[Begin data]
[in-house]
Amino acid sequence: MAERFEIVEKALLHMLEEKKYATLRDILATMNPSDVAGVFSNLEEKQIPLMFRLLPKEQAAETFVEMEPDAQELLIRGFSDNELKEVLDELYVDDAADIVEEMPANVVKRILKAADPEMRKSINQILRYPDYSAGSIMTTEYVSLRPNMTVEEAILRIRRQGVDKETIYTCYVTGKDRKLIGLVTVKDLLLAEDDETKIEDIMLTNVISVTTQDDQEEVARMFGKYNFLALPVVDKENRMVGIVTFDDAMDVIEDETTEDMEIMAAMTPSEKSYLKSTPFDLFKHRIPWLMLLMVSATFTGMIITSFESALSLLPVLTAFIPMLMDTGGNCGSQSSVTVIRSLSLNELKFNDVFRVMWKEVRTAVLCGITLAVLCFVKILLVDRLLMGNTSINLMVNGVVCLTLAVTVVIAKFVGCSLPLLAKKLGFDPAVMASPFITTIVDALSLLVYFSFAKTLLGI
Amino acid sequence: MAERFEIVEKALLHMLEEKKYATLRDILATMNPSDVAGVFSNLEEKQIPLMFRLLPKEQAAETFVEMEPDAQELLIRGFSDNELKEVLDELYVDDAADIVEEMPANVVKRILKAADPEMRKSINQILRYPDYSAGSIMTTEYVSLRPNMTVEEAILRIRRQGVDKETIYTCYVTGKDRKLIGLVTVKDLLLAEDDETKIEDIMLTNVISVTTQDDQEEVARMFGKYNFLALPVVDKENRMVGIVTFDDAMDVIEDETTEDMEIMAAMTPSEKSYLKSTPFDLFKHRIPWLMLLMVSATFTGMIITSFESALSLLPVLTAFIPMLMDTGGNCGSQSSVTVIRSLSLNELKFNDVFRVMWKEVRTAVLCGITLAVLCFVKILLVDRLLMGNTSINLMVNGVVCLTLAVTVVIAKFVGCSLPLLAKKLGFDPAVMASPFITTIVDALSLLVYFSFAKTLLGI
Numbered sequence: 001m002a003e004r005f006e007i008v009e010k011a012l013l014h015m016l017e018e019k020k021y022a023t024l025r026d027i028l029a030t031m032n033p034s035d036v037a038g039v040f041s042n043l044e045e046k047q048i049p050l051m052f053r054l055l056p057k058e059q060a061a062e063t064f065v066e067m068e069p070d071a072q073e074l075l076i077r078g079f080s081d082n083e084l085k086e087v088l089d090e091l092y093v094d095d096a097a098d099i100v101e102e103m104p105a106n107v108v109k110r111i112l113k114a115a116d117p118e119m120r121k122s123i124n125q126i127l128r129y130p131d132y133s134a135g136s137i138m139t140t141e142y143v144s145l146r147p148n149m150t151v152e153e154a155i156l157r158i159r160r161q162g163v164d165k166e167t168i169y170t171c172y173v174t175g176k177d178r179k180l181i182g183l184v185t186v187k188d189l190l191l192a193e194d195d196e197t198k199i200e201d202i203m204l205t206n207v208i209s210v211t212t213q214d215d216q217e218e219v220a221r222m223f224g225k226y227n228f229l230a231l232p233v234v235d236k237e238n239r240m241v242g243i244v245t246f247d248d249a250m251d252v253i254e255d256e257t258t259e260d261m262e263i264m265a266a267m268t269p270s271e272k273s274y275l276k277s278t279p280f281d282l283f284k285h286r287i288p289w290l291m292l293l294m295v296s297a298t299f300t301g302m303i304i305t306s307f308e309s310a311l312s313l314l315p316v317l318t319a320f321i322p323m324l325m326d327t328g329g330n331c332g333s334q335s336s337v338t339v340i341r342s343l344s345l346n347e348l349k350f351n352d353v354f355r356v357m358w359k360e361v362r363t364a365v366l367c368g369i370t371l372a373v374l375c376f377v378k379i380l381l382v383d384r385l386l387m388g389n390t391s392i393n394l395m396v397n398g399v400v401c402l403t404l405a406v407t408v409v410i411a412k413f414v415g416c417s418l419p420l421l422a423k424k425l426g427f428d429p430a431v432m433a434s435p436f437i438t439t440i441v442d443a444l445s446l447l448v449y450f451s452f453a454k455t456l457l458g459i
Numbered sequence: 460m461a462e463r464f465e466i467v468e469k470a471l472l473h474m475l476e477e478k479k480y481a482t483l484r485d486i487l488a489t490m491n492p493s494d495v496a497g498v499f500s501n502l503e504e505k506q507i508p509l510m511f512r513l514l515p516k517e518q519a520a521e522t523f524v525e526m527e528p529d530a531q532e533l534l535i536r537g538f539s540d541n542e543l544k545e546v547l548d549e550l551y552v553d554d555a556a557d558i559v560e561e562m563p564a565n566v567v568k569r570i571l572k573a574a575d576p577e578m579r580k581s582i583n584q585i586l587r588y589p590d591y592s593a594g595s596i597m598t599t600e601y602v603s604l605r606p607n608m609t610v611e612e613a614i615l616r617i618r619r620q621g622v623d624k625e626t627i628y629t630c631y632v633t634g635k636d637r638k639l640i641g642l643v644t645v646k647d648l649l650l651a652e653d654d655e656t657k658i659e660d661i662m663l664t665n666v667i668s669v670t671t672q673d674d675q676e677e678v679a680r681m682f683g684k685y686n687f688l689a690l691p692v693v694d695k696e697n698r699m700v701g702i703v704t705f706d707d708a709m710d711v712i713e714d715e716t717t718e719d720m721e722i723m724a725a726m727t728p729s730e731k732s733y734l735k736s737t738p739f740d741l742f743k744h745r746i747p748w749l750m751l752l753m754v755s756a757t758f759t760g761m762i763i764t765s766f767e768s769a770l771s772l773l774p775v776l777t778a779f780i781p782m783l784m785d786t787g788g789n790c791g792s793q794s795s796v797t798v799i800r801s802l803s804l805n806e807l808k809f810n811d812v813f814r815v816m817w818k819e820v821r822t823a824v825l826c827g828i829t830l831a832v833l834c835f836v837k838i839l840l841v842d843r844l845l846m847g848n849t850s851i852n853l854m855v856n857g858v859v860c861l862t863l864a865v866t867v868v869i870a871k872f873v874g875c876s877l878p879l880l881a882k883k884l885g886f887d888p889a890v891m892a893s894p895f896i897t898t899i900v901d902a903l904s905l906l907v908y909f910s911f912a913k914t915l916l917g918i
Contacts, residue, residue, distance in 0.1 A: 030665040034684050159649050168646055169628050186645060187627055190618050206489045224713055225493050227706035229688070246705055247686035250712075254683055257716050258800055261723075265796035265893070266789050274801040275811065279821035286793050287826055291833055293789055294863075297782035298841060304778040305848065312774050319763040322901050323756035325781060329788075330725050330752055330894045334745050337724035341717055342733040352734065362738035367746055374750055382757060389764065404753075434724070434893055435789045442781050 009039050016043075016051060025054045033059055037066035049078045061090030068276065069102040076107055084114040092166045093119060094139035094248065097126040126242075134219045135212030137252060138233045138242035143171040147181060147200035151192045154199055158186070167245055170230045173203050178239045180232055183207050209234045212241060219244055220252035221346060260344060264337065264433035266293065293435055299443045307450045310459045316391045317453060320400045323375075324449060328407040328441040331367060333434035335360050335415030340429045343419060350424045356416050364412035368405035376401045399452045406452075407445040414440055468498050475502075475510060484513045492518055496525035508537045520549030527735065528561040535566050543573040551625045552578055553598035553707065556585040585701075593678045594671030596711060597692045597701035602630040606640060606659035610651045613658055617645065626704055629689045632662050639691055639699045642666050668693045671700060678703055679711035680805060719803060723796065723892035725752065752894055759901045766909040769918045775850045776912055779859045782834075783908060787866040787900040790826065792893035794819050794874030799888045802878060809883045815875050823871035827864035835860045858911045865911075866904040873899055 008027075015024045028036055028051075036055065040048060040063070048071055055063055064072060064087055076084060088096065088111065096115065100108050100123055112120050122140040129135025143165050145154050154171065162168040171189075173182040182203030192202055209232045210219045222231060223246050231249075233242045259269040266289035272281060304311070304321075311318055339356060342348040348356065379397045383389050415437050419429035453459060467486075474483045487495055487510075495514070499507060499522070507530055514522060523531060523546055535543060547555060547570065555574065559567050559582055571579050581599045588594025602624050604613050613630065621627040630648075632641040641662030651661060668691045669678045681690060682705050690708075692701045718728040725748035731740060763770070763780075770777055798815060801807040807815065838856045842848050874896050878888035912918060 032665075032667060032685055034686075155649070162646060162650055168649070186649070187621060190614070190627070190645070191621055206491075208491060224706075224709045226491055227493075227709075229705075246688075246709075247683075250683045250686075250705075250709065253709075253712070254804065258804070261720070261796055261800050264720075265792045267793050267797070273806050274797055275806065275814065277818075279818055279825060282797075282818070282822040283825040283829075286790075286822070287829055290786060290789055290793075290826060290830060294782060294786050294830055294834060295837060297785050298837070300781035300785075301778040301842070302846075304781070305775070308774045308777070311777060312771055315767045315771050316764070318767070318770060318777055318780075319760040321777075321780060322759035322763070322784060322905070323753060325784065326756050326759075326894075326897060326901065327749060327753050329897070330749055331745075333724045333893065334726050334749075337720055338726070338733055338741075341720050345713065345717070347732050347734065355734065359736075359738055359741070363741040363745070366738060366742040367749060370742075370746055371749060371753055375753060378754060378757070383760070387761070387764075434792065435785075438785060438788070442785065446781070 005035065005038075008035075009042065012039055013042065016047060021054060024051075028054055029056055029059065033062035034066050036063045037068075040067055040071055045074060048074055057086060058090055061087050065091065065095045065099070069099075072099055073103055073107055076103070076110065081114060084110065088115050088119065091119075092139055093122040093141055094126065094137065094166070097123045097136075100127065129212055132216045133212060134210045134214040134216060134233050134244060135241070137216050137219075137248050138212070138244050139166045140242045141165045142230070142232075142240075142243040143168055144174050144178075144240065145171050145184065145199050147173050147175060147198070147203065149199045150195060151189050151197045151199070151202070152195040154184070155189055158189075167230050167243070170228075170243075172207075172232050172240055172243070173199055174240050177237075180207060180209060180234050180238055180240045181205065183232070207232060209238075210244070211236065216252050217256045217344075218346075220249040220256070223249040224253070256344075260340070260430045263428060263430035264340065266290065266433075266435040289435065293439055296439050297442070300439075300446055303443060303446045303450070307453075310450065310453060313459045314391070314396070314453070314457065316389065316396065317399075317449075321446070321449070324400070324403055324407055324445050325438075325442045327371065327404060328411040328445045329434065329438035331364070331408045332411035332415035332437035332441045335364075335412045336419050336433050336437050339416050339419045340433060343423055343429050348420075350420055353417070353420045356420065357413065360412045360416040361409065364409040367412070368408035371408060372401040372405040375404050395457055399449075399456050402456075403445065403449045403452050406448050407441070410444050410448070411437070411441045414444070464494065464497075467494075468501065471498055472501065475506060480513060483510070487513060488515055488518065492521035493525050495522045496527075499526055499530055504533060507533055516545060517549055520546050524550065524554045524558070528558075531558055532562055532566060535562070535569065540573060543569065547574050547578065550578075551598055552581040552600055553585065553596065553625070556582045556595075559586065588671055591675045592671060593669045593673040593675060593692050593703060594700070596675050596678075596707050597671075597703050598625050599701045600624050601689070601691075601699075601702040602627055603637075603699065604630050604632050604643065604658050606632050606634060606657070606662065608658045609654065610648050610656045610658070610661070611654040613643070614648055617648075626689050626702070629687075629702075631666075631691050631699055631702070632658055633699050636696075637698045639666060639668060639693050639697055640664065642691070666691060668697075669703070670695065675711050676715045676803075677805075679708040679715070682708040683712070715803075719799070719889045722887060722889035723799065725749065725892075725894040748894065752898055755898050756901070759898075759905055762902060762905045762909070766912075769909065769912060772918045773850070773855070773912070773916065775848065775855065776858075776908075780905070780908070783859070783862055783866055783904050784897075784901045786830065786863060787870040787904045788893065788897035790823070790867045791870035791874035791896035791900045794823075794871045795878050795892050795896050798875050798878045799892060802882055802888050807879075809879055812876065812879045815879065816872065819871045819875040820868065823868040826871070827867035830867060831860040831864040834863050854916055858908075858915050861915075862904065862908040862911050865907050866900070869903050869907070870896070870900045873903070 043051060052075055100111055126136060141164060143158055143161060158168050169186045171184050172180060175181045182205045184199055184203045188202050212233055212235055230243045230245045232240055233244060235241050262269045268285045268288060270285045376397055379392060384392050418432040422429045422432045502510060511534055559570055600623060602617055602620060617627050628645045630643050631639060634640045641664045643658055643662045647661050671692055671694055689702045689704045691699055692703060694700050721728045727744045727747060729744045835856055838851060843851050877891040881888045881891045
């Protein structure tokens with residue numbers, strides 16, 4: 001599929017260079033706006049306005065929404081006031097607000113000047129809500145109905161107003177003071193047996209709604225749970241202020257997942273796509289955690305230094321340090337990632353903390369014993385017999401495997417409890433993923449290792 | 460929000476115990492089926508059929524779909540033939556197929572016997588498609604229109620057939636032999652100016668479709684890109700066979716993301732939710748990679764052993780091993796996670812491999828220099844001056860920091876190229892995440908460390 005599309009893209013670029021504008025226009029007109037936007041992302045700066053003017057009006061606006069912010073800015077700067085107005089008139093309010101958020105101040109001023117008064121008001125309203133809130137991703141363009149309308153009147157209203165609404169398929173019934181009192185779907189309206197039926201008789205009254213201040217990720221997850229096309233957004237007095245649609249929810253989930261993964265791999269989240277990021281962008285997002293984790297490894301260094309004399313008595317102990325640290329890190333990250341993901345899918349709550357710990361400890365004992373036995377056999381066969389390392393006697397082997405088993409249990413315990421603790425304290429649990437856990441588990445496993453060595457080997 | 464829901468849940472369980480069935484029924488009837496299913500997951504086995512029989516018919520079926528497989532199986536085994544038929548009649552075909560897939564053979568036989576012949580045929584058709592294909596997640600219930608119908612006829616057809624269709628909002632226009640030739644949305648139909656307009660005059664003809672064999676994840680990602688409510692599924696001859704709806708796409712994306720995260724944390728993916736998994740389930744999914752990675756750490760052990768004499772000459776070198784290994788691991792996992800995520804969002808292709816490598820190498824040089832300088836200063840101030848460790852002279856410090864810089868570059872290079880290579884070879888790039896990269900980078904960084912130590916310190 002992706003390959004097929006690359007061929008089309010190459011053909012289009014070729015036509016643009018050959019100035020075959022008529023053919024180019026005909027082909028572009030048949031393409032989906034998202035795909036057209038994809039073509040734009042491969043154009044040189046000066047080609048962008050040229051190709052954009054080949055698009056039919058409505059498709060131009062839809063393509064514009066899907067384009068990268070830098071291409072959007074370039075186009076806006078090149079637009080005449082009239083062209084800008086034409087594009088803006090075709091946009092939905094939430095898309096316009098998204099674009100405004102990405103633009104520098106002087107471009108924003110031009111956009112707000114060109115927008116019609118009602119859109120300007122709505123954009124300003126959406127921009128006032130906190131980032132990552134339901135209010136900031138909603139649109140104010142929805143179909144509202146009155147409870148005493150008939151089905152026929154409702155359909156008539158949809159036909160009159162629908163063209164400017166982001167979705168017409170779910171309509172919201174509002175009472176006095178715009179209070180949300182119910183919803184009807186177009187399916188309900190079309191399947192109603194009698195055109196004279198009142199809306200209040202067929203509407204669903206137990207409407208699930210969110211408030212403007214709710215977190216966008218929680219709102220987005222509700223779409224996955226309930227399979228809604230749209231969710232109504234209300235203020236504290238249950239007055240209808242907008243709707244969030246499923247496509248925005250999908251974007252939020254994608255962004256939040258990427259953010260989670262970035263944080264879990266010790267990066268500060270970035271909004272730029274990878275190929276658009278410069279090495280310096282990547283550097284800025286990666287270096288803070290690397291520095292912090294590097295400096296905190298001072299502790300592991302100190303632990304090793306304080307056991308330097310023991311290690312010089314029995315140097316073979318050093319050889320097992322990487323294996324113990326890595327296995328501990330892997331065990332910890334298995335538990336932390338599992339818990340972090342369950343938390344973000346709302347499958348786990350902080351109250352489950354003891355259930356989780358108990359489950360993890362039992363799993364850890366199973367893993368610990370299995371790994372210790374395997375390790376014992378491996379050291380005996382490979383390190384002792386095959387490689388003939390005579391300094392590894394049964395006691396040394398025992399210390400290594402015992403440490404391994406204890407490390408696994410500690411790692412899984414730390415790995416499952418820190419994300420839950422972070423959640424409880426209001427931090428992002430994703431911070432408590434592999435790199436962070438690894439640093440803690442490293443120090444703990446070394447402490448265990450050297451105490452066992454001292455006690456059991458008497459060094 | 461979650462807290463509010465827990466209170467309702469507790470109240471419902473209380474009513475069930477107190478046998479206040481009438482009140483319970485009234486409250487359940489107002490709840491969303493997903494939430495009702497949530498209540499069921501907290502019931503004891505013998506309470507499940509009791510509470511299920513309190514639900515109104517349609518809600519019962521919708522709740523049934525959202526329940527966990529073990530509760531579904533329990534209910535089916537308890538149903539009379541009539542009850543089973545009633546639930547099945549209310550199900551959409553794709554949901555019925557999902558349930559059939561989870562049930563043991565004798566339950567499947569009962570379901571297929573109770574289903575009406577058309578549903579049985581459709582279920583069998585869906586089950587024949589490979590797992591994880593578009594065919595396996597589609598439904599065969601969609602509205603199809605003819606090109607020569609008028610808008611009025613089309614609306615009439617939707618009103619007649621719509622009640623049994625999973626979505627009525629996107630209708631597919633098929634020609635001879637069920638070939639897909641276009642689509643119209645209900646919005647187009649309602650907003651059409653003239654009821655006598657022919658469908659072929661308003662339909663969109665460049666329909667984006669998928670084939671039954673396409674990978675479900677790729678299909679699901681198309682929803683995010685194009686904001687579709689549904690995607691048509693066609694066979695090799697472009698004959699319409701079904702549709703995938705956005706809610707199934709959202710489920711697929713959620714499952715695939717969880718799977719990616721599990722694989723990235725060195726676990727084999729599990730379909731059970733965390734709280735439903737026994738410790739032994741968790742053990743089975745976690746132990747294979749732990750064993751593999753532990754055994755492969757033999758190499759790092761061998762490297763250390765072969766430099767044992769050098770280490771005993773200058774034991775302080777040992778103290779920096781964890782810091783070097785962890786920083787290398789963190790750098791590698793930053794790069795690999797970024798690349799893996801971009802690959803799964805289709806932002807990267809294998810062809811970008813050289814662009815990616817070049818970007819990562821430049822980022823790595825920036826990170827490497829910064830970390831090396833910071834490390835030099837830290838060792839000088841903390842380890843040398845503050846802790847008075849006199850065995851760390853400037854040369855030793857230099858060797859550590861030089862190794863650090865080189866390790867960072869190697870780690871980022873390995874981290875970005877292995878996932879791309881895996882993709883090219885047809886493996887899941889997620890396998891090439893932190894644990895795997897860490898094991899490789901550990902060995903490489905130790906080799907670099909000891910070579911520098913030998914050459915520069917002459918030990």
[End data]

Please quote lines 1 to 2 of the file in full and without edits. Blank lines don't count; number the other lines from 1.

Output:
[in-house]
Amino acid sequence: MAERFEIVEKALLHMLEEKKYATLRDILATMNPSDVAGVFSNLEEKQIPLMFRLLPKEQAAETFVEMEPDAQELLIRGFSDNELKEVLDELYVDDAADIVEEMPANVVKRILKAADPEMRKSINQILRYPDYSAGSIMTTEYVSLRPNMTVEEAILRIRRQGVDKETIYTCYVTGKDRKLIGLVTVKDLLLAEDDETKIEDIMLTNVISVTTQDDQEEVARMFGKYNFLALPVVDKENRMVGIVTFDDAMDVIEDETTEDMEIMAAMTPSEKSYLKSTPFDLFKHRIPWLMLLMVSATFTGMIITSFESALSLLPVLTAFIPMLMDTGGNCGSQSSVTVIRSLSLNELKFNDVFRVMWKEVRTAVLCGITLAVLCFVKILLVDRLLMGNTSINLMVNGVVCLTLAVTVVIAKFVGCSLPLLAKKLGFDPAVMASPFITTIVDALSLLVYFSFAKTLLGI